PROFILE: Tim Sutton, Orpheus Group

Sutton motivated by the thrill of the chase - The hunter looks forward to challenges presented by the Orpheus Group.

It is unusual for a successful businessman to admit that he enjoys lying on the sofa watching old films, and laughing at air passengers who frantically check their mobile phones seconds after touchdown. Yet Tim Sutton says he can't help it: 'More sophisticated models may have more gears but I have just two: driven and lazy.'

The second may be disengaged for a while. Sutton has set up Orpheus Group, backed by megabucks from an unnamed US private equity firm, with an ambitious aim: to create, by acquisition, a top five full-service European agency network within two years. He adds: 'When I'm scared, I get motivated.' Given the scale of the task ahead, he is presumably very motivated now.

On the evidence of the latter half of his 20-year PR career, this has in fact been the case for a while. In 1992, an MBO put Charles Barker into the hands of Sutton and fellow directors; in 1997 they sold it to BSMG Worldwide, whereupon Sutton took charge of developing the business in Europe - through acquisition, of course - and was then chairman during the integration of BSMG with Weber Shandwick.

While doing this, he gave every impression of being slightly more laid back than anyone in his position has a right to. Not many PROs would say, for example: 'I don't think anything catastrophic would happen if every PR company in the world disappeared overnight.'

While this shows an admirable grasp of perspective, no-one should be fooled. Weber Shandwick joint UK chief executive of David Brain has known Sutton since 1986: 'He is not steely in the sense of nasty but you don't get where he has without fortitude, and his charm conceals a razor-like intellect. He's one of the most intelligent people I've met in this industry; he's also one of the scruffiest.'

Chaotic clothes sense aside, Sutton is assured of his worth: 'I've always had confidence in my ability - to the point of arrogance.' He pauses.

'That's not a good quality.'

His latest venture sees him reunited with former BSMG non-exec Ron Boscetto.

Sutton says: 'It is very healthy to have a partner who asks annoying questions.

He's a trained attorney and deal-maker and is well-connected in a way I'm not. I don't think alone I'd have been able to attract the quality of interest.'

It obviously suits him to underplay the strength of his hand. But he confesses to boredom after the Weber Shandwick/BSMG deal had gone through.

'I would have been able to get an interesting position there but it left me feeling a bit flat,' he recalls. 'I had been building up BSMG from this position where nobody had heard of it in Europe. I'm more a hunter than a farmer.'

This is a telling acknowledgement that consolidation is not his greatest strength. But although his record points to a history of eliciting the signature on the dotted line, he takes issue with his image as an inveterate deal-doer.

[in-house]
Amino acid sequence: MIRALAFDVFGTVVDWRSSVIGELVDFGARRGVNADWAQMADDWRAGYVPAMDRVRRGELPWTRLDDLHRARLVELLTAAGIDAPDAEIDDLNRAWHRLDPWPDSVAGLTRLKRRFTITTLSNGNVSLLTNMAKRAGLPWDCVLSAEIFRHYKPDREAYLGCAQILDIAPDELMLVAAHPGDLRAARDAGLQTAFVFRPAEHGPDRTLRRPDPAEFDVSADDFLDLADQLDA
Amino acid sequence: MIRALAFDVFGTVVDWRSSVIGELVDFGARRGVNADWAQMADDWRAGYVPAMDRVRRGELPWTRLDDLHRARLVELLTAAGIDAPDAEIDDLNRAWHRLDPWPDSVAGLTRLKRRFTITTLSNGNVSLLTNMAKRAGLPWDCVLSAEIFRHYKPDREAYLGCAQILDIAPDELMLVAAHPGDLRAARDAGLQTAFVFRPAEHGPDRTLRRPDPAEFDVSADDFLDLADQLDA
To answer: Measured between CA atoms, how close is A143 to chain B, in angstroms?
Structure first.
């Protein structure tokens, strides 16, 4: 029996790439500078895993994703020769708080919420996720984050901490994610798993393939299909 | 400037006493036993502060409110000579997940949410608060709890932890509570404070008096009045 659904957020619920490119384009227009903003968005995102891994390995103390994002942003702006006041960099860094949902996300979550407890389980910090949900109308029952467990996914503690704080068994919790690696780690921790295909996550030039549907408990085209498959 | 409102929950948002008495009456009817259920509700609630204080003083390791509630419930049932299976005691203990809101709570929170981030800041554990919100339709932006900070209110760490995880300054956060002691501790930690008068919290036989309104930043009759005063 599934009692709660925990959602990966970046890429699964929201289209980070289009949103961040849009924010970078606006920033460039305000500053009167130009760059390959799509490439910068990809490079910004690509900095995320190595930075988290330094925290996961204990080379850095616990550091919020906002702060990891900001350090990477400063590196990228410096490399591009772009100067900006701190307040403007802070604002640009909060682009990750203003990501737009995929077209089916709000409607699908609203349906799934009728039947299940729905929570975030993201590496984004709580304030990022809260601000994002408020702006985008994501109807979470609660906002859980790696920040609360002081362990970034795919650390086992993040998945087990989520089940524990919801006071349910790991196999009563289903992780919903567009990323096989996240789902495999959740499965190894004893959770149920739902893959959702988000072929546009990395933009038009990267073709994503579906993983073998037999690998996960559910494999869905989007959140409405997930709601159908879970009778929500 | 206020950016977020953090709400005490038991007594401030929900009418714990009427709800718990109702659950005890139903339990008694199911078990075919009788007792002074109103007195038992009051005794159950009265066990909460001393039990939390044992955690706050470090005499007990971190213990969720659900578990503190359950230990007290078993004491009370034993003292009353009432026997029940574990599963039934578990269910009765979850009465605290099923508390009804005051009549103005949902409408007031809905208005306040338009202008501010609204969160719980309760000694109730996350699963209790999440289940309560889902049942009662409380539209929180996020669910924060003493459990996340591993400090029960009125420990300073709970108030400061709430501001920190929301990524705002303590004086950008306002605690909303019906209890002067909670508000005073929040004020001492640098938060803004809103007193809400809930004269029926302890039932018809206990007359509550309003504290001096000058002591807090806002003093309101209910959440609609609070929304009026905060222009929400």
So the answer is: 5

'My background was as a corporate PR professional,' he says, 'I didn't make an acquisition at all until 1998.' Brain is unconvinced: 'That may be true, but look how many he's done since then.' Square Mile, GJW and Adamson in Brussels were just three of the respected names charmed to the table during his tenure, which saw headcount and fee income double.

Sutton's latest gripe is with the way US holding companies run Europe from London: 'It has the comfort zone of the English language. I've learned a lot from Americans but there is a US world view that doesn't translate well into non-Anglo-Saxon Europe. We felt that if we found the right financial partner we could offer these companies a different way of doing business.

We felt what we'd been doing with BSMG we could do ourselves, and better.'

This ethos is to some extent reflected in the name of the company, which was chosen as a 'European icon', according to Sutton. His mother is Greek, though it would be unwise to take remaining parallels too far. Orpheus journeyed to the Underworld to find his dead wife, but lost her when he ignored the gods' command not to look back at her. Putting a positive spin on that one is a struggle.

'The important thing about Orpheus is that we haven't done any deals yet,' Sutton concludes. 'Until we do, we'll shut up and get our heads down. We'll make mistakes along the way.'

For a man who insists he has not had a clear idea of what his next move was on quitting his last two companies, this is not a pose but a statement of experience. 'My role at the moment is very much building. As to management and making it work, I'm not sure if I'm the right person for that,' he says. By their nature, hunters don't tend to stay in one place for all that long.

HIGHLIGHTS

1985: Senior account exec, Paragon Comms

1991: Head of corp division, Charles Barker

1995: Chief executive, Charles Barker

2001: Chairman, BSMG Europe

2002: Director, Orpheus Group

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